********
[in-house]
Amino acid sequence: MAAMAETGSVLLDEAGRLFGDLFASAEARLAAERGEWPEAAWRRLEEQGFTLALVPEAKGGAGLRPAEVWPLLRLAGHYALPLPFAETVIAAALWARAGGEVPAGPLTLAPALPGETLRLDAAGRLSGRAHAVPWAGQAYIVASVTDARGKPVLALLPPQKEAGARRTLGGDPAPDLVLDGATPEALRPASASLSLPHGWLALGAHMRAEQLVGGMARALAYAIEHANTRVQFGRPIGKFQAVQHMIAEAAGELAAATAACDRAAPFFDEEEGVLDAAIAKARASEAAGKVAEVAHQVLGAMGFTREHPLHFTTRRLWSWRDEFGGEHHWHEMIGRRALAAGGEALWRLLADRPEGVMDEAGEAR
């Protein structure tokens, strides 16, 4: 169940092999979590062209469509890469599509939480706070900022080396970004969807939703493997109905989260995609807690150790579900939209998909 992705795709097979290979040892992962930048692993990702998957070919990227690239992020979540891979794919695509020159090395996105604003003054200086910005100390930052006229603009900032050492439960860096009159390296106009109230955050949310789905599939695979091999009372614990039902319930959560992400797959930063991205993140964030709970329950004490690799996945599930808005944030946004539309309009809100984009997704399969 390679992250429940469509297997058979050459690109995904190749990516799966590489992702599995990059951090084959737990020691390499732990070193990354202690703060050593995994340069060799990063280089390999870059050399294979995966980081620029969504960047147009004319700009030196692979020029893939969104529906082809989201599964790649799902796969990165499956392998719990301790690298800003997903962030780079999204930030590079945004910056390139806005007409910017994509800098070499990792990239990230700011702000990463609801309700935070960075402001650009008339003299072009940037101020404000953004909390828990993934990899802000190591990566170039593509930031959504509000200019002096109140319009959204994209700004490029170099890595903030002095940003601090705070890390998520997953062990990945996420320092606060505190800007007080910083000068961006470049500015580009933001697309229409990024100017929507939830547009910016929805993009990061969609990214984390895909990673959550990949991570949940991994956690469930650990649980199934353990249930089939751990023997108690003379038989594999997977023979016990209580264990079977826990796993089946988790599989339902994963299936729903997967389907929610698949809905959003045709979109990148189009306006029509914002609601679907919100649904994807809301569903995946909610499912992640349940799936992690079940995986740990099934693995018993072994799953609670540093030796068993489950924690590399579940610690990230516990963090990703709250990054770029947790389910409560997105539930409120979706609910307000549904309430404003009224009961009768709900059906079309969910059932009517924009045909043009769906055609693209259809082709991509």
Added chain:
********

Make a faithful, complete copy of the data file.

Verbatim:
[in-house]
Amino acid sequence: MAAMAETGSVLLDEAGRLFGDLFASAEARLAAERGEWPEAAWRRLEEQGFTLALVPEAKGGAGLRPAEVWPLLRLAGHYALPLPFAETVIAAALWARAGGEVPAGPLTLAPALPGETLRLDAAGRLSGRAHAVPWAGQAYIVASVTDARGKPVLALLPPQKEAGARRTLGGDPAPDLVLDGATPEALRPASASLSLPHGWLALGAHMRAEQLVGGMARALAYAIEHANTRVQFGRPIGKFQAVQHMIAEAAGELAAATAACDRAAPFFDEEEGVLDAAIAKARASEAAGKVAEVAHQVLGAMGFTREHPLHFTTRRLWSWRDEFGGEHHWHEMIGRRALAAGGEALWRLLADRPEGVMDEAGEAR
């Protein structure tokens, strides 16, 4: 169940092999979590062209469509890469599509939480706070900022080396970004969807939703493997109905989260995609807690150790579900939209998909 992705795709097979290979040892992962930048692993990702998957070919990227690239992020979540891979794919695509020159090395996105604003003054200086910005100390930052006229603009900032050492439960860096009159390296106009109230955050949310789905599939695979091999009372614990039902319930959560992400797959930063991205993140964030709970329950004490690799996945599930808005944030946004539309309009809100984009997704399969 390679992250429940469509297997058979050459690109995904190749990516799966590489992702599995990059951090084959737990020691390499732990070193990354202690703060050593995994340069060799990063280089390999870059050399294979995966980081620029969504960047147009004319700009030196692979020029893939969104529906082809989201599964790649799902796969990165499956392998719990301790690298800003997903962030780079999204930030590079945004910056390139806005007409910017994509800098070499990792990239990230700011702000990463609801309700935070960075402001650009008339003299072009940037101020404000953004909390828990993934990899802000190591990566170039593509930031959504509000200019002096109140319009959204994209700004490029170099890595903030002095940003601090705070890390998520997953062990990945996420320092606060505190800007007080910083000068961006470049500015580009933001697309229409990024100017929507939830547009910016929805993009990061969609990214984390895909990673959550990949991570949940991994956690469930650990649980199934353990249930089939751990023997108690003379038989594999997977023979016990209580264990079977826990796993089946988790599989339902994963299936729903997967389907929610698949809905959003045709979109990148189009306006029509914002609601679907919100649904994807809301569903995946909610499912992640349940799936992690079940995986740990099934693995018993072994799953609670540093030796068993489950924690590399579940610690990230516990963090990703709250990054770029947790389910409560997105539930409120979706609910307000549904309430404003009224009961009768709900059906079309969910059932009517924009045909043009769906055609693209259809082709991509």
Added chain: